Inside the Nigerian transnational human trafficking industry
The primary six pupil is disturbed that the strike might cause a postponement of her school leaving certificate examination and keep her longer in school. "My prayer is that the government will attend to the demands of our teachers and avert the strike. I am tired of being in primary school and will not like a strike to prolong my stay there," she said fearfully.
Nwadinma's agitation was understandable. She is 15 and most children her age were through with or on the verge of completing senior secondary education. But delayed education is one of the setbacks that Nwadinma had to suffer for being a victim of human trafficking.
At age five, she was taken off her parents in Abia State, South-East Nigeria, by a man she called 'Uncle' and whisked off to Gabon where, as a domestic servant, she was abused and dehumanised until she was rescued by the Nigerian Embassy in Gabon and brought home six years ago. "The years I spent in Gabon were a total waste. I was made to hawk all manners of commodities on the streets of Libreville. I was maltreated, starved and tossed around like a football," she recalled.
On her return to Nigeria, she was handed over to Nigeria's anti-trafficking body, the National Agency for the Prohibition of Traffic in Persons and other Related Matters which in turn, passed her to the Women Trafficking and Child Labour Eradication Foundation, a non-governmental organisation established by Titi, wife of former Vice-President, Atiku Abubakar, for rehabilitation.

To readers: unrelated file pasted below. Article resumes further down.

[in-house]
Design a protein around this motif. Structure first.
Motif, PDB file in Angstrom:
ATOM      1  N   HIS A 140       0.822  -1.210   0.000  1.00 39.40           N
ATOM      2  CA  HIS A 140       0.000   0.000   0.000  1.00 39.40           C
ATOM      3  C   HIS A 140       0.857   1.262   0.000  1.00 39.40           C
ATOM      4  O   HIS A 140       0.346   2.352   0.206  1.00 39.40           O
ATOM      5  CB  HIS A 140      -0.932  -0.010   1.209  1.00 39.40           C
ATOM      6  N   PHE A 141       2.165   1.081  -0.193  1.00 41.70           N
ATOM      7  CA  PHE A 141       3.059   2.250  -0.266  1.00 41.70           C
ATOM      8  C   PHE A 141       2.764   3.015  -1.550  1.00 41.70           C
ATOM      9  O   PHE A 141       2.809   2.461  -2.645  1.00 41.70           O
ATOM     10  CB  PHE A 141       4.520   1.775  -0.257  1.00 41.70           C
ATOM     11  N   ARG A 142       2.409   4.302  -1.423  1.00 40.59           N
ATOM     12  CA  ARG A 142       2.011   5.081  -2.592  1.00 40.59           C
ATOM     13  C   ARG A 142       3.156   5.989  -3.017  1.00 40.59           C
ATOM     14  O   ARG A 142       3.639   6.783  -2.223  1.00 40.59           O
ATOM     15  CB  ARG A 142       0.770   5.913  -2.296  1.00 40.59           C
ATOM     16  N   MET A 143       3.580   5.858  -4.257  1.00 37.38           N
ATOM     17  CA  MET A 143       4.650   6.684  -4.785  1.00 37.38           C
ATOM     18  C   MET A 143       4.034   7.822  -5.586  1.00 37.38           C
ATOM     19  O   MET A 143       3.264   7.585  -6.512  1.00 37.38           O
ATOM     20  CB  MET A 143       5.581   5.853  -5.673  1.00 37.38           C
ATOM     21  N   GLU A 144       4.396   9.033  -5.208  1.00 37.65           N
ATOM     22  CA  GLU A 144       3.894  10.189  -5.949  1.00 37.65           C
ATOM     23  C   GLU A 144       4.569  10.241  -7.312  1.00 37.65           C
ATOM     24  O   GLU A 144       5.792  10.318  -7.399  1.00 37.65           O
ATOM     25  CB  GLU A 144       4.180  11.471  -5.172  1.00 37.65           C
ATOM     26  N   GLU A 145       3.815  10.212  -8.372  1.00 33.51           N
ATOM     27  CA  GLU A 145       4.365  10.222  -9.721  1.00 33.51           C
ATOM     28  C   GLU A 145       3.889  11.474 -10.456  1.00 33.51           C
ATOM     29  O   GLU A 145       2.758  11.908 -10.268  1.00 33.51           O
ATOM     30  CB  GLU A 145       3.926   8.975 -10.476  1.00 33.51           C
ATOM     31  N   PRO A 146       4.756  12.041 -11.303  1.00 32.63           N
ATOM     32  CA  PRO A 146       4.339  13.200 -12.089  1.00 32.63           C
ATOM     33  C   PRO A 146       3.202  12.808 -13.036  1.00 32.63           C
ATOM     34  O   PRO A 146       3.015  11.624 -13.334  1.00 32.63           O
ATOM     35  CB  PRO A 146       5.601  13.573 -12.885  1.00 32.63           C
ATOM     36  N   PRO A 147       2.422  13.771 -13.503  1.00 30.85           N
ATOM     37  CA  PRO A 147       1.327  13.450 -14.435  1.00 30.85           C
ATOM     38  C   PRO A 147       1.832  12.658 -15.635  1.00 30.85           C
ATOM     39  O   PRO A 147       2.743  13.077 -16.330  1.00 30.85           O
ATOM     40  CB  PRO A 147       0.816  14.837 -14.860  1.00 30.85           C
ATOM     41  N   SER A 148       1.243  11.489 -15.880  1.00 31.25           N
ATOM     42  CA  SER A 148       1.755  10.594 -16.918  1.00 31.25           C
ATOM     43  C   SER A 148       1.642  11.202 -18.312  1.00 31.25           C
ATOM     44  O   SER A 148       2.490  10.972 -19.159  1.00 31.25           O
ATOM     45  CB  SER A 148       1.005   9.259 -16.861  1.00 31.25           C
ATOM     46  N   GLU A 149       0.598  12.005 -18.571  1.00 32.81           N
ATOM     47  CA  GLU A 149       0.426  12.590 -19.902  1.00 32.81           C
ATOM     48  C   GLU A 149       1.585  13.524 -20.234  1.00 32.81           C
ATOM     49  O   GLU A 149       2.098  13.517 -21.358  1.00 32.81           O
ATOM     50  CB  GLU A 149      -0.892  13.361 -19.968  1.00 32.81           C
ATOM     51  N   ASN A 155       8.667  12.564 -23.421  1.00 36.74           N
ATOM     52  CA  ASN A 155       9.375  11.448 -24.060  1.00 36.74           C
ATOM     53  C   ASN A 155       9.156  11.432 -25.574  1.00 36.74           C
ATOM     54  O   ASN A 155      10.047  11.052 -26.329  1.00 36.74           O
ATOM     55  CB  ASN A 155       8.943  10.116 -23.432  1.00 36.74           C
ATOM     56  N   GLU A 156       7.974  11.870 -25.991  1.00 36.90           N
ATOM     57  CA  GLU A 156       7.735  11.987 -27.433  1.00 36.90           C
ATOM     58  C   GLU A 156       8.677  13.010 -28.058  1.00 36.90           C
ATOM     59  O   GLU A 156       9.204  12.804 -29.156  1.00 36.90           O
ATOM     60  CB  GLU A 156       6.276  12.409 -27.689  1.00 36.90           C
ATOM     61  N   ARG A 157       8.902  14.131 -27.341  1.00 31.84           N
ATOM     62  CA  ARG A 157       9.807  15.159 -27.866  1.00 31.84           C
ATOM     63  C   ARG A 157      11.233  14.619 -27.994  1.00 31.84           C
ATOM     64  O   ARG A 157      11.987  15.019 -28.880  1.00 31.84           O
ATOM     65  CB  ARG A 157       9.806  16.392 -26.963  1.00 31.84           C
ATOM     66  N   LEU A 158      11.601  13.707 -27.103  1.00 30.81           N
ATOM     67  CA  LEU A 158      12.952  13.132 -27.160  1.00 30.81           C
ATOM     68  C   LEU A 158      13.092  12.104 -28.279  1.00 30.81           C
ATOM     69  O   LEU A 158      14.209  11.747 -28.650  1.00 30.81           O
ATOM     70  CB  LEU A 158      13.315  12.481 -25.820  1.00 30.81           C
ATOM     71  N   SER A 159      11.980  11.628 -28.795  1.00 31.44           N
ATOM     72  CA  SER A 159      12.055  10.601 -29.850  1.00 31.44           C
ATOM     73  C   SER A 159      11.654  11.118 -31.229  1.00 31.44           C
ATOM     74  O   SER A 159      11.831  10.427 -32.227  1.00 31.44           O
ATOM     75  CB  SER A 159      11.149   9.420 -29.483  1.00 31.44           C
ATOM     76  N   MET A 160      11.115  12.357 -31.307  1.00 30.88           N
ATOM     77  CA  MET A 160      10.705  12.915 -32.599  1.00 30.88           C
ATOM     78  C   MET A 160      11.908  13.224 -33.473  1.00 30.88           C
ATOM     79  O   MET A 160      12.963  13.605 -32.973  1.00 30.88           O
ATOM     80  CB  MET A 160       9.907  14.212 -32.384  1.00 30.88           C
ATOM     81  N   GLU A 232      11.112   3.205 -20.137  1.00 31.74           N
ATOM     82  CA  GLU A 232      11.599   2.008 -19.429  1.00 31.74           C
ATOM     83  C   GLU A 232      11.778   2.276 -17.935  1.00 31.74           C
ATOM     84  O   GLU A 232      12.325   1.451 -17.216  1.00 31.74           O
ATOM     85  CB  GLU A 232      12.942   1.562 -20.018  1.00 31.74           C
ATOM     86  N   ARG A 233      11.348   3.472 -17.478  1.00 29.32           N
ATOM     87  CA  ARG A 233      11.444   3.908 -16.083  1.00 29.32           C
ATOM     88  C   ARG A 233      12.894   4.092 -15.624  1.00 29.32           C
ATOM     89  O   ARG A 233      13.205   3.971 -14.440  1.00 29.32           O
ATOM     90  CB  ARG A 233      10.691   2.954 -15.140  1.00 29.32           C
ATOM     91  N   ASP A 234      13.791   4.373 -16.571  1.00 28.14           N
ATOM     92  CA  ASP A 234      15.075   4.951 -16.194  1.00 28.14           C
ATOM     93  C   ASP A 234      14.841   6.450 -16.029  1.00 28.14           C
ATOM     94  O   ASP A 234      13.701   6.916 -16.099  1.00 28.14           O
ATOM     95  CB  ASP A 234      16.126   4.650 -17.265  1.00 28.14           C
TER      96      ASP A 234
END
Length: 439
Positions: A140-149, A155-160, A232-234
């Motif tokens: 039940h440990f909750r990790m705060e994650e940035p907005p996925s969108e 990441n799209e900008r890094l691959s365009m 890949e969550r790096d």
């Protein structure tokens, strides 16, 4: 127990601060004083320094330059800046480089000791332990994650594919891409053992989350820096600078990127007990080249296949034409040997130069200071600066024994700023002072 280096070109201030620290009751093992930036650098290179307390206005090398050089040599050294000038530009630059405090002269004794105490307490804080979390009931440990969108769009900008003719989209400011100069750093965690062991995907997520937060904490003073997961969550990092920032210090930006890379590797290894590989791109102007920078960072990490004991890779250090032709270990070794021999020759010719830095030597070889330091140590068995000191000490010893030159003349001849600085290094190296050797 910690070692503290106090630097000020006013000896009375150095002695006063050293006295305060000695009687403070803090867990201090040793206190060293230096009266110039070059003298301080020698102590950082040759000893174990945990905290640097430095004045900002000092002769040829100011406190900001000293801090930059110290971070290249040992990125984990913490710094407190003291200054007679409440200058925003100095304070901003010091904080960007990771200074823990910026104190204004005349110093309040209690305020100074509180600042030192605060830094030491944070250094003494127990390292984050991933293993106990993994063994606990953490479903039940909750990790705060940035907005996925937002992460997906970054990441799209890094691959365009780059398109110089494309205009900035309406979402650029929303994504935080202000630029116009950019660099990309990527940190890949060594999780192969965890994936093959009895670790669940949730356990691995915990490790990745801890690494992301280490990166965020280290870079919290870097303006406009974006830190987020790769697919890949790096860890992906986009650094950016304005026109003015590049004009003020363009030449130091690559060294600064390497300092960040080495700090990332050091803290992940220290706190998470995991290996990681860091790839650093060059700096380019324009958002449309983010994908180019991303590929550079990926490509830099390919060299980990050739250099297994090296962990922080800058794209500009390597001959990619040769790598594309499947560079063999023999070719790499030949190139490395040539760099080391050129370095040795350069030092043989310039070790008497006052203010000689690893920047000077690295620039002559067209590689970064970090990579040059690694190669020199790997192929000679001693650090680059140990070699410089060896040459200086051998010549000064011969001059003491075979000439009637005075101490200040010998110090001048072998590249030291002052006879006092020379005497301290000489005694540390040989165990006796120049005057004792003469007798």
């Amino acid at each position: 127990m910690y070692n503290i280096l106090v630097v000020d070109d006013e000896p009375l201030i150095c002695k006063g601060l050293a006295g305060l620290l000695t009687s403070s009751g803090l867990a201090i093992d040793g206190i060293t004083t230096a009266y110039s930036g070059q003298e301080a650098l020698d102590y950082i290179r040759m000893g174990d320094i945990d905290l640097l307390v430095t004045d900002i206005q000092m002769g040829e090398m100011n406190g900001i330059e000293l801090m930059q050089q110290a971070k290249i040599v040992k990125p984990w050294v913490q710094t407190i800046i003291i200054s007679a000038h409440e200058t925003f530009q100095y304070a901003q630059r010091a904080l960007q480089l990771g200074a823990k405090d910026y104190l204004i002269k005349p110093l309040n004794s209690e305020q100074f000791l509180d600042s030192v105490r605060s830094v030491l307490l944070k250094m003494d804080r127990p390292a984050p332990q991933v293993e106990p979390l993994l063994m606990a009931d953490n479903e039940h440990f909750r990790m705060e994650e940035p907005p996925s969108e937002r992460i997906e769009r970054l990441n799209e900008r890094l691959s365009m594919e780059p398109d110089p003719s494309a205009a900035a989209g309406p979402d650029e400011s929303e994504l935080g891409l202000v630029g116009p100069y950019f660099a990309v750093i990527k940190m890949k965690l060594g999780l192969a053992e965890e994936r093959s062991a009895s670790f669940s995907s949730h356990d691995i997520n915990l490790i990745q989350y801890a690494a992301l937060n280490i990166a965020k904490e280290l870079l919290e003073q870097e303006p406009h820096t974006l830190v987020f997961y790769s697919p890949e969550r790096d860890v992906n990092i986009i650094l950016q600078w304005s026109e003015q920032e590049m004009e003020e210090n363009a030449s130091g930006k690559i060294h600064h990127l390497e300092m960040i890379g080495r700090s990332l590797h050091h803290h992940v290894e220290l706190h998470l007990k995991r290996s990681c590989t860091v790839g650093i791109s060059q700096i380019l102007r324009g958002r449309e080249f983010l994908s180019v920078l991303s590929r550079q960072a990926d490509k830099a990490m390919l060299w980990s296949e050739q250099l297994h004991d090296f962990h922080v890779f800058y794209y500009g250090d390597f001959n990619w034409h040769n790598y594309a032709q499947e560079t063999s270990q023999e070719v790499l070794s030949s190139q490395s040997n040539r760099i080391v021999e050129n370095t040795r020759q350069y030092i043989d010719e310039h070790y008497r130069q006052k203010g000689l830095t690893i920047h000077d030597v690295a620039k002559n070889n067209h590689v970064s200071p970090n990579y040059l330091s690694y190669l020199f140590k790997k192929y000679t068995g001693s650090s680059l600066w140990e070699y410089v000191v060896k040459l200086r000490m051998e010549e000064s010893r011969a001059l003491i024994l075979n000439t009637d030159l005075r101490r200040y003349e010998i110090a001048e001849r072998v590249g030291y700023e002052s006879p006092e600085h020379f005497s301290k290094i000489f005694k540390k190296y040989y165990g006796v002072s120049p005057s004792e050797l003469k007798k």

Initially, WOTCLEF reunited Nwadinma with her parents but later took her off them for fear that they might allow her to be trafficked abroad again. The young girl is now one of the 900 victims of human trafficking that have so far been rescued from traffickers and rehabilitated by WOTCLEF at its rehab centre located in the Gwarimpa District of Abuja.
She is also one of the 19 that are currently been catered for by the humanitarian group. The others include victims that were repatriated from Gabon, Cameroun, Italy, Sudan and Saudi Arabia, where some of them worked as prostitutes and others as domestic servants. Two of the girls, according to WOTCLEF's Executive Secretary, Vero Umaru, are on the verge of completing university education while others are being trained in catering, hairdressing and tailoring.
Trafficking has defied solution in Nigeria
Nwadinma, her colleagues and others in NAPTIP's six rehabilitation centres across the country are however lucky to be back home to chart a fresh course for their lives. "Thousands of others like them, especially girls, who were smuggled across the borders never make it back to live a normal life.
Many of them are still trapped in major European, Asian and American cities, being sexually exploited," Umaru said. Between 2002 and June 2007, the Nigeria Immigration Service said it had rescued 1,366 victims and arrested 16 traffickers.
UNICEF Protection Programme chief, Robert Limlim, believes the problem of trafficking is particularly acute in Nigeria, because the country is also a strategic transit point for traffickers. "There is high demand for cheap, commercial African labour in other countries. Nigeria is the transit centre for this racket. There's a lot of money flowing through here," he said.